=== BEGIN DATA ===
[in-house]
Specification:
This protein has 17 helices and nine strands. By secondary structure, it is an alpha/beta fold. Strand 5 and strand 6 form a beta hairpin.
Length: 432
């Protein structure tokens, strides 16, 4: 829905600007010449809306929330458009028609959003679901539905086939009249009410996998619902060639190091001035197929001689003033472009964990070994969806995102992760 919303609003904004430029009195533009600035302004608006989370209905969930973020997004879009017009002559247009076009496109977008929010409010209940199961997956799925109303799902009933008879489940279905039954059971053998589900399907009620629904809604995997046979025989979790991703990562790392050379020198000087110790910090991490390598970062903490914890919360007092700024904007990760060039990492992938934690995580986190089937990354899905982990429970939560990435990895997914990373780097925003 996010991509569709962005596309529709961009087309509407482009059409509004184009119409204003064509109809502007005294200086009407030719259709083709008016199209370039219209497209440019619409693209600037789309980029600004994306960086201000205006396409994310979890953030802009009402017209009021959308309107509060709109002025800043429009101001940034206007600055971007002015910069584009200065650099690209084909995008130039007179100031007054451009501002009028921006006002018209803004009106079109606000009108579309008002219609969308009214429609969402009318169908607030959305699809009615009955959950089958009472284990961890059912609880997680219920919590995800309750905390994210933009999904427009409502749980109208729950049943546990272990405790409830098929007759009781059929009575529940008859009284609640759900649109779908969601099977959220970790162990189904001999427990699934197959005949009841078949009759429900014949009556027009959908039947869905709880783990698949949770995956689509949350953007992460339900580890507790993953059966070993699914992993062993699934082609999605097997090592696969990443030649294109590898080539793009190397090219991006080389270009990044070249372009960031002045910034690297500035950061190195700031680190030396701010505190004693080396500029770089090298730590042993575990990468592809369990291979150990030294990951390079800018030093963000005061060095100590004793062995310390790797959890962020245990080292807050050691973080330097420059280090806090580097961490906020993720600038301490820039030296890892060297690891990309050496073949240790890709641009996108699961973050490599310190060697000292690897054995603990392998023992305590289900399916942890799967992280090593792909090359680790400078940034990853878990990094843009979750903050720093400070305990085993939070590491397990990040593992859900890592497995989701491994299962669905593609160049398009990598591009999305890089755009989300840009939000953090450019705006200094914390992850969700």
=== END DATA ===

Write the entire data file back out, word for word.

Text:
[in-house]
Specification:
This protein has 17 helices and nine strands. By secondary structure, it is an alpha/beta fold. Strand 5 and strand 6 form a beta hairpin.
Length: 432
């Protein structure tokens, strides 16, 4: 829905600007010449809306929330458009028609959003679901539905086939009249009410996998619902060639190091001035197929001689003033472009964990070994969806995102992760 919303609003904004430029009195533009600035302004608006989370209905969930973020997004879009017009002559247009076009496109977008929010409010209940199961997956799925109303799902009933008879489940279905039954059971053998589900399907009620629904809604995997046979025989979790991703990562790392050379020198000087110790910090991490390598970062903490914890919360007092700024904007990760060039990492992938934690995580986190089937990354899905982990429970939560990435990895997914990373780097925003 996010991509569709962005596309529709961009087309509407482009059409509004184009119409204003064509109809502007005294200086009407030719259709083709008016199209370039219209497209440019619409693209600037789309980029600004994306960086201000205006396409994310979890953030802009009402017209009021959308309107509060709109002025800043429009101001940034206007600055971007002015910069584009200065650099690209084909995008130039007179100031007054451009501002009028921006006002018209803004009106079109606000009108579309008002219609969308009214429609969402009318169908607030959305699809009615009955959950089958009472284990961890059912609880997680219920919590995800309750905390994210933009999904427009409502749980109208729950049943546990272990405790409830098929007759009781059929009575529940008859009284609640759900649109779908969601099977959220970790162990189904001999427990699934197959005949009841078949009759429900014949009556027009959908039947869905709880783990698949949770995956689509949350953007992460339900580890507790993953059966070993699914992993062993699934082609999605097997090592696969990443030649294109590898080539793009190397090219991006080389270009990044070249372009960031002045910034690297500035950061190195700031680190030396701010505190004693080396500029770089090298730590042993575990990468592809369990291979150990030294990951390079800018030093963000005061060095100590004793062995310390790797959890962020245990080292807050050691973080330097420059280090806090580097961490906020993720600038301490820039030296890892060297690891990309050496073949240790890709641009996108699961973050490599310190060697000292690897054995603990392998023992305590289900399916942890799967992280090593792909090359680790400078940034990853878990990094843009979750903050720093400070305990085993939070590491397990990040593992859900890592497995989701491994299962669905593609160049398009990598591009999305890089755009989300840009939000953090450019705006200094914390992850969700």